X-rays revealed several hair-thin blood vessels had ruptured in his brain.

“If it weren’t for my manager, I would have gone in the ring,” Torres said. “Doctors said that one punch and I would have died.”

Torres defied doctors’ orders and resumed training. He had a second stroke six weeks after his first episode.

He was left with nerve damage on his left side. Doctors also told him he wouldn’t walk, talk or fight again .

“No matter how strong you are, you say, ‘I won’t ever get depressed,’ ” he said. “But to be at the top of the world and have the rug pulled from under you was crushing.”

On a day when his ex-wife and son were away, Torres sought his favorite firearm and cocked it under his weak arm. He was face-to-face with suicide.

“My entire life flashed before my eyes,” he said. “My career has been made irrelevant, but I realized I had much more to give than my career.”

The epiphany awakened new energy in Torres, he said. His son helped him rehabilitate at home and his physical therapists were astounded by his improvements.

He regained speech and mobility and dubbed the time the biggest fight of his life, he said.

“I have this thing about proving people wrong,” he said. “I said to myself, ‘I am the Ghost Warrior . I am going to get better or die trying.’ ”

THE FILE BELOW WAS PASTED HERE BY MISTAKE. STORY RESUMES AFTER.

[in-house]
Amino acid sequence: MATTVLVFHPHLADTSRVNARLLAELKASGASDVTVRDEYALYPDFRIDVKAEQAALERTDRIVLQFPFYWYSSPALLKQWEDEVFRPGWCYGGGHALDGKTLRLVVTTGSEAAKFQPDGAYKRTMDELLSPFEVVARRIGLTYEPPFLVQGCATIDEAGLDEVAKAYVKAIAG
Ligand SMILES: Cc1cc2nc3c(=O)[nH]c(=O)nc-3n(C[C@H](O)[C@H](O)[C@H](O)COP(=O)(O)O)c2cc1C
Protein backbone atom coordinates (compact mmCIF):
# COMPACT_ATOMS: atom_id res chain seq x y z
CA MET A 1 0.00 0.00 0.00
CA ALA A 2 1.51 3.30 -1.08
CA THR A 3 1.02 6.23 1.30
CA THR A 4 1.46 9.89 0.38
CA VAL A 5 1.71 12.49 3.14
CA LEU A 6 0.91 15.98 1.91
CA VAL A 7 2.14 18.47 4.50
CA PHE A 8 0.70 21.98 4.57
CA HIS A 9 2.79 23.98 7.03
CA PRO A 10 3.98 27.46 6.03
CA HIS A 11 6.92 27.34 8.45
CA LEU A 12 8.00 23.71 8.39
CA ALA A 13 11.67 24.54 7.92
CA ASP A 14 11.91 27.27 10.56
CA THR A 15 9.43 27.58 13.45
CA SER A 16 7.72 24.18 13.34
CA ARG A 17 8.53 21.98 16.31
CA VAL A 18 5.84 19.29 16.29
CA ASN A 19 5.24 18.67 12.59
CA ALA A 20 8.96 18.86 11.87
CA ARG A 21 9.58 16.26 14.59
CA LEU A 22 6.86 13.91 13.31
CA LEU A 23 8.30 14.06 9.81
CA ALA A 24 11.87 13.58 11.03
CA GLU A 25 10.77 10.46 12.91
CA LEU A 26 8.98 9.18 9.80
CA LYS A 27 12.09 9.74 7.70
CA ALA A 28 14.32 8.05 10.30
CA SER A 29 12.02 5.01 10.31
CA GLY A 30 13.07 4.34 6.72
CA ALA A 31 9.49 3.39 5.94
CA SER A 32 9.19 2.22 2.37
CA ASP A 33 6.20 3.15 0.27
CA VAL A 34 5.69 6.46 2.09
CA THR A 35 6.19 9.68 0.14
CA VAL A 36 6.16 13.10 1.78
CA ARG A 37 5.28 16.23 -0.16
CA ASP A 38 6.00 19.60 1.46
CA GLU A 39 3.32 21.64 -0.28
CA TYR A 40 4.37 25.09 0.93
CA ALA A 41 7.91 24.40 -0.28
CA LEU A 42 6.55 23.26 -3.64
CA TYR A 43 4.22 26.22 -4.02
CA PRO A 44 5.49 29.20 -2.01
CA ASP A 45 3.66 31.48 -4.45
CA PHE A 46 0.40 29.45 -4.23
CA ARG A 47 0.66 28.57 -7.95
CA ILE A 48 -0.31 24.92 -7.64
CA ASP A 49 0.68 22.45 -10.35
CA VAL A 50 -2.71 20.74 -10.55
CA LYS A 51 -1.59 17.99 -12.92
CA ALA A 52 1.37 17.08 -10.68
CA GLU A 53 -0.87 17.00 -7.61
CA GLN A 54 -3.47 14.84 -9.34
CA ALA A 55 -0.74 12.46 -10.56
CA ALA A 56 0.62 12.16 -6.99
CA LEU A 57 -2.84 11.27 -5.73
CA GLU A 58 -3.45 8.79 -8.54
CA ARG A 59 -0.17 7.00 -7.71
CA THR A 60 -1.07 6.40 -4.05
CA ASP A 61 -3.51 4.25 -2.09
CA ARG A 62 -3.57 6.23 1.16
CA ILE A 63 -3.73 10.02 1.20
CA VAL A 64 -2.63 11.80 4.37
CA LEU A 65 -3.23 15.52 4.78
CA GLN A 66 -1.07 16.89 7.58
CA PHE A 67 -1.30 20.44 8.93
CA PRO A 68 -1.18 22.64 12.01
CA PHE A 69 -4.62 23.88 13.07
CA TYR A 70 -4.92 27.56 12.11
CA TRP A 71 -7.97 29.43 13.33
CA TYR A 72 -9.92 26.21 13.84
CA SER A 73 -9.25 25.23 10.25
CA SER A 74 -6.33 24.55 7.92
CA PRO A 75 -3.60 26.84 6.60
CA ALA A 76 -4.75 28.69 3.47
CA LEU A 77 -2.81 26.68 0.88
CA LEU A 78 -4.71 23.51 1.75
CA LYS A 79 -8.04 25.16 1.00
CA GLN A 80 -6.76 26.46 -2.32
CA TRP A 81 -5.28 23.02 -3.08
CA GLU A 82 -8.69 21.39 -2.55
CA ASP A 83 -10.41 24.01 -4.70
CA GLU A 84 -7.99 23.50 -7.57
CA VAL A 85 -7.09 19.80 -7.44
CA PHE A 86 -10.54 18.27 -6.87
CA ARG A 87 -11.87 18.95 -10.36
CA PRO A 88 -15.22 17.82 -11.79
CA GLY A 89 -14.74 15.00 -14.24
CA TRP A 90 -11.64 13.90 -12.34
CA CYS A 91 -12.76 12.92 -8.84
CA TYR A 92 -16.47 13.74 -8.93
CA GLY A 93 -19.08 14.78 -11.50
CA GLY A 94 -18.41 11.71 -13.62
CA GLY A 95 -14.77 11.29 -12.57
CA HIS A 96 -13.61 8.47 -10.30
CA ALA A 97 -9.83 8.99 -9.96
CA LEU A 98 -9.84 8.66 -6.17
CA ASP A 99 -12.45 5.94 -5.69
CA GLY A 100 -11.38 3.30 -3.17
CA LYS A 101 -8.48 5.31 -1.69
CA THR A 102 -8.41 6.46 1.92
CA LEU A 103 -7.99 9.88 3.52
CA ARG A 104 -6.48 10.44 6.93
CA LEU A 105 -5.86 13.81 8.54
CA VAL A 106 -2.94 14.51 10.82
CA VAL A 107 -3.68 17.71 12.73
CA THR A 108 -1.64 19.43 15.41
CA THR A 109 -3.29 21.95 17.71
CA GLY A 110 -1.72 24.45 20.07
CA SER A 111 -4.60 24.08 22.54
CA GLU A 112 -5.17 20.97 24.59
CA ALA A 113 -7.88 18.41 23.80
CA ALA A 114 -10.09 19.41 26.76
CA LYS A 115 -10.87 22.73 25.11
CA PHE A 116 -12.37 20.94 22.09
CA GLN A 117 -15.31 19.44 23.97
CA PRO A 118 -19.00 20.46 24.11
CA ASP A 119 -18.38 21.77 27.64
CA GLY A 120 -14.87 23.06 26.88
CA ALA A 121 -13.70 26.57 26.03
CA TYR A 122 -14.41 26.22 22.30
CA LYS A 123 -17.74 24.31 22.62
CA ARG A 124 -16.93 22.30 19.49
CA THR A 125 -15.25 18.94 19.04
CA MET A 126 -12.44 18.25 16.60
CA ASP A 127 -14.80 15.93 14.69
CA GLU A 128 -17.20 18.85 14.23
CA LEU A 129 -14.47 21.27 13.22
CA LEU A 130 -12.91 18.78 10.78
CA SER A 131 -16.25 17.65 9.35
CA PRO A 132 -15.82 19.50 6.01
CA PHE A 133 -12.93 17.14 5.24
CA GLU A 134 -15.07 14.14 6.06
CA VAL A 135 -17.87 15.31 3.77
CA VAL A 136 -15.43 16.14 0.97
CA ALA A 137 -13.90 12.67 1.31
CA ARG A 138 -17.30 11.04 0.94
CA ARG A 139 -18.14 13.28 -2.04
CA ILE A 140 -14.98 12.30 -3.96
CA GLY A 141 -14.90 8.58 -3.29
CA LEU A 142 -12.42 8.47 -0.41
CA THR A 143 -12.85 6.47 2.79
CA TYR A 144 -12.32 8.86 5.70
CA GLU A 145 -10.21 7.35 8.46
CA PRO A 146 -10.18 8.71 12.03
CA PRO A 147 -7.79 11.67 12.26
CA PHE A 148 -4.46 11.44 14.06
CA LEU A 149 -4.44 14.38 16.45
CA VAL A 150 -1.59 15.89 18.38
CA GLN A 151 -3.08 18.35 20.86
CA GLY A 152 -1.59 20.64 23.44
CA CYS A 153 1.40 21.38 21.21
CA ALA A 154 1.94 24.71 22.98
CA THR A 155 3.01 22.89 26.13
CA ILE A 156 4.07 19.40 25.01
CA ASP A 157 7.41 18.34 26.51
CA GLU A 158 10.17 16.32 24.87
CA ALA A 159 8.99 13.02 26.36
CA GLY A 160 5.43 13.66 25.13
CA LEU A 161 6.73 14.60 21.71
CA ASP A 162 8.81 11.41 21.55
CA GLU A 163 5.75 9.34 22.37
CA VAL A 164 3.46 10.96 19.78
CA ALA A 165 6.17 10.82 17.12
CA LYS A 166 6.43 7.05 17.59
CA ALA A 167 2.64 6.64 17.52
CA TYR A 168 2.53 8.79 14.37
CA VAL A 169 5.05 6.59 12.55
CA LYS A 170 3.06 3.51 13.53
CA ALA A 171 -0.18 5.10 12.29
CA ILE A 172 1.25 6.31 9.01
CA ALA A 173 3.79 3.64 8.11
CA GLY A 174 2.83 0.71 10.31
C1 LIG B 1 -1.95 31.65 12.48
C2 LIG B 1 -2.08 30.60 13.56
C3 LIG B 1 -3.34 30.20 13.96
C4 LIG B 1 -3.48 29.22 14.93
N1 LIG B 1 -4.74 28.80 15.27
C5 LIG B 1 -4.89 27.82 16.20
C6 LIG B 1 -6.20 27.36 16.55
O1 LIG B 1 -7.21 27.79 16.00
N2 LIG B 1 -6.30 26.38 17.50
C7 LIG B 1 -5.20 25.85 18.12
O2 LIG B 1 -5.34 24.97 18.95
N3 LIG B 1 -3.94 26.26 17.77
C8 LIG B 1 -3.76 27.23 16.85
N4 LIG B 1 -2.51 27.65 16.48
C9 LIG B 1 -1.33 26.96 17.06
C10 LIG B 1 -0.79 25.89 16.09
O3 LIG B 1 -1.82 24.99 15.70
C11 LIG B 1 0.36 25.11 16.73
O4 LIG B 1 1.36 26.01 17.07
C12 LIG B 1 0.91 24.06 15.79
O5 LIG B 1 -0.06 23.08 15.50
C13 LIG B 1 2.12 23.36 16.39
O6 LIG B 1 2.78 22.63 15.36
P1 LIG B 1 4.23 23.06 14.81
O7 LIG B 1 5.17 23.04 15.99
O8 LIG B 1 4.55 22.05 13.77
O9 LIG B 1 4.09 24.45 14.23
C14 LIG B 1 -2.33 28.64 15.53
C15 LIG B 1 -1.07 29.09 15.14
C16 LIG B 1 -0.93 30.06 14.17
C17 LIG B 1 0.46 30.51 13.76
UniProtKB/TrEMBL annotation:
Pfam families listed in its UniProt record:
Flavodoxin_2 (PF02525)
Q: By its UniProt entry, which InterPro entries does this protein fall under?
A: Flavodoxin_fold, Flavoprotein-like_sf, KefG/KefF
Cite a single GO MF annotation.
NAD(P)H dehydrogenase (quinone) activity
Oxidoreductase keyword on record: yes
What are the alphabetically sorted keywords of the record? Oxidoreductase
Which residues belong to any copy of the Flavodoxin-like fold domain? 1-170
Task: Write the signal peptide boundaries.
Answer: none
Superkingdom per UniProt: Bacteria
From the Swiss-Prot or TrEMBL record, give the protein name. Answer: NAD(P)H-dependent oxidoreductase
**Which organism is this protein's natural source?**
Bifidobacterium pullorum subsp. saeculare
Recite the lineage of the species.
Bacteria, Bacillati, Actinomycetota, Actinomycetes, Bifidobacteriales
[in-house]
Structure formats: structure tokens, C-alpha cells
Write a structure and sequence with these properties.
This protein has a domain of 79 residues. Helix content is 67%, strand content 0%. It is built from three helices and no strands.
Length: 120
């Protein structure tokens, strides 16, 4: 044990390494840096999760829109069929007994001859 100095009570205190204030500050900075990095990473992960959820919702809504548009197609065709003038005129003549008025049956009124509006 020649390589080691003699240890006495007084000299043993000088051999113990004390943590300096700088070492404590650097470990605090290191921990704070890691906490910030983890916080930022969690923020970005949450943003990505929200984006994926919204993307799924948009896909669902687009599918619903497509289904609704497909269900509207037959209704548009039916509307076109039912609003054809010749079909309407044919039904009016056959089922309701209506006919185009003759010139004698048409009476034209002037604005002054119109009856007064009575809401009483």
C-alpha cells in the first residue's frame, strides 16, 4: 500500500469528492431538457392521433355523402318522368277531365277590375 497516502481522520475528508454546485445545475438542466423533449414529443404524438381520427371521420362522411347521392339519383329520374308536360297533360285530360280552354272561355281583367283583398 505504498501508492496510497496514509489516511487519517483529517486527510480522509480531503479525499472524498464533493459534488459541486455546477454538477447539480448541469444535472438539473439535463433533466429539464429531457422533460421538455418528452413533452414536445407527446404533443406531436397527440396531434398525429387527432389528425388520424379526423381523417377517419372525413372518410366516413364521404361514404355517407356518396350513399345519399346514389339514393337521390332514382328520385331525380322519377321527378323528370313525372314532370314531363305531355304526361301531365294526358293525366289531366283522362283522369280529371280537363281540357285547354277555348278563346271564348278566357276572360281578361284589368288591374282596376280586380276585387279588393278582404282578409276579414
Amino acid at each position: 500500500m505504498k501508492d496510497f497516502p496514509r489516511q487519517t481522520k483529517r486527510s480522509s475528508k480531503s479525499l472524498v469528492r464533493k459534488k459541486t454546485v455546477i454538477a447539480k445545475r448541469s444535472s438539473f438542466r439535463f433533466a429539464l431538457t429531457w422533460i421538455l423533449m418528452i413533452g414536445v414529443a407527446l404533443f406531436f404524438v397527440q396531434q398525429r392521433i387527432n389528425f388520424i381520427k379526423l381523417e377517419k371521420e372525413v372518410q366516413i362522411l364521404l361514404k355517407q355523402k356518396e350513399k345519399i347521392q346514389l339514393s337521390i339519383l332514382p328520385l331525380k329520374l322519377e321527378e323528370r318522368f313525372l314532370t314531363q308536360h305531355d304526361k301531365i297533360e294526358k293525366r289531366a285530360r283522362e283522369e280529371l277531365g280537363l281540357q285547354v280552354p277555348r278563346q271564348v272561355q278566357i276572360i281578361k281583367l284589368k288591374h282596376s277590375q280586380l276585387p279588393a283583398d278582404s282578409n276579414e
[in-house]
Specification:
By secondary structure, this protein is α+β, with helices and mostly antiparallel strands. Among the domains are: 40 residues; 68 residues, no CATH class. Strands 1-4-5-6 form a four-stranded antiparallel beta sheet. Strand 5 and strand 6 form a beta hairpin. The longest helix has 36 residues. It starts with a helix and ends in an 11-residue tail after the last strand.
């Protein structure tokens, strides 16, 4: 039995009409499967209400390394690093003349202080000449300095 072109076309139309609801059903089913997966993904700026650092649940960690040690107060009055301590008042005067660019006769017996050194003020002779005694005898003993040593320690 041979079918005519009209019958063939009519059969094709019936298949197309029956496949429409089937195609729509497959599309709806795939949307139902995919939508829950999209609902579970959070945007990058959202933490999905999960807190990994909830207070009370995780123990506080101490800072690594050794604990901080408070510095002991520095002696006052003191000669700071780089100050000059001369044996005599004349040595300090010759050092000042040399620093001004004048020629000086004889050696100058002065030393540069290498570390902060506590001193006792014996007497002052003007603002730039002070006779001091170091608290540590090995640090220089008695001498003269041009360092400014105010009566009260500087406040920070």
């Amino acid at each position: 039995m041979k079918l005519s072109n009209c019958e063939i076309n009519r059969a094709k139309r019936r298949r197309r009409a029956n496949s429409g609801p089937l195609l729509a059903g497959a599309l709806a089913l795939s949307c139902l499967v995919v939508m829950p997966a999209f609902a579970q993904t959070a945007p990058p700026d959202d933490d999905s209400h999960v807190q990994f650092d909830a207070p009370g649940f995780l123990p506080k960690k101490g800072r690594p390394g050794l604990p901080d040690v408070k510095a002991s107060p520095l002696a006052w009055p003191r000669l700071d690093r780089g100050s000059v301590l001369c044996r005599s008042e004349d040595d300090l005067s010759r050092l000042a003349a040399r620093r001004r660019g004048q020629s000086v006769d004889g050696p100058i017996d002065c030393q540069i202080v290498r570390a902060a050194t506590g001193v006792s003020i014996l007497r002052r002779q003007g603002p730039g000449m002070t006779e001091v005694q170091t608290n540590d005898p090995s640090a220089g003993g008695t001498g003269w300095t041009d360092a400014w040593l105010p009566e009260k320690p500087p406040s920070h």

Torres retired from martial arts and channeled his passions in cooking. He moved to Las Vegas and worked as a cook and trainer. He remarried and has an adult, a pre-teen and twin toddler-age sons .

Torres continues to train and is a security officer at Bellagio .

U.S. residency was barely a worry for Torres, who had a green card and regularly renewed its status , he said. He was due to revisit the issue in February and decided to become a citizen .

“I wanted to be legit,” he said.

He faced a flurry of paper work, fingerprinting, fees, tests and interviews . The Department of Homeland Security cleared Torres in late spring and invited him to be a guest speaker at his naturalization ceremony .

Torres’ newfound citizenship earns him a U.S. passport and the ability to vote , serve on a jury and run for most elections , said Marie Sebrechts, spokeswoman for United States Citizenship and Immigration Services .

About 700,000 people were naturalized last year, and 9,720 of them did so in Nevada, Sebrechts said.

United States Citizenship and Immigration Services’ Las Vegas field office assisted 7,327 of the Nevadan group, and it hosts regular naturalization ceremonies, she added.

The public is invited to the events.

“I wish everyone would go to at least one naturalization ceremony,” she said. “It gives the other picture of immigration we often forget about : the legal part. We don’t realize how many immigrants are welcomed into this country each year.”

Torres’ wife and son attended his naturalization ceremony . The family didn’t celebrate the milestone, though, he said.

“To me, every day should be special,” he said.

Contact Centennial and North Las Vegas View reporter Maggie Lillis at or 477-3839.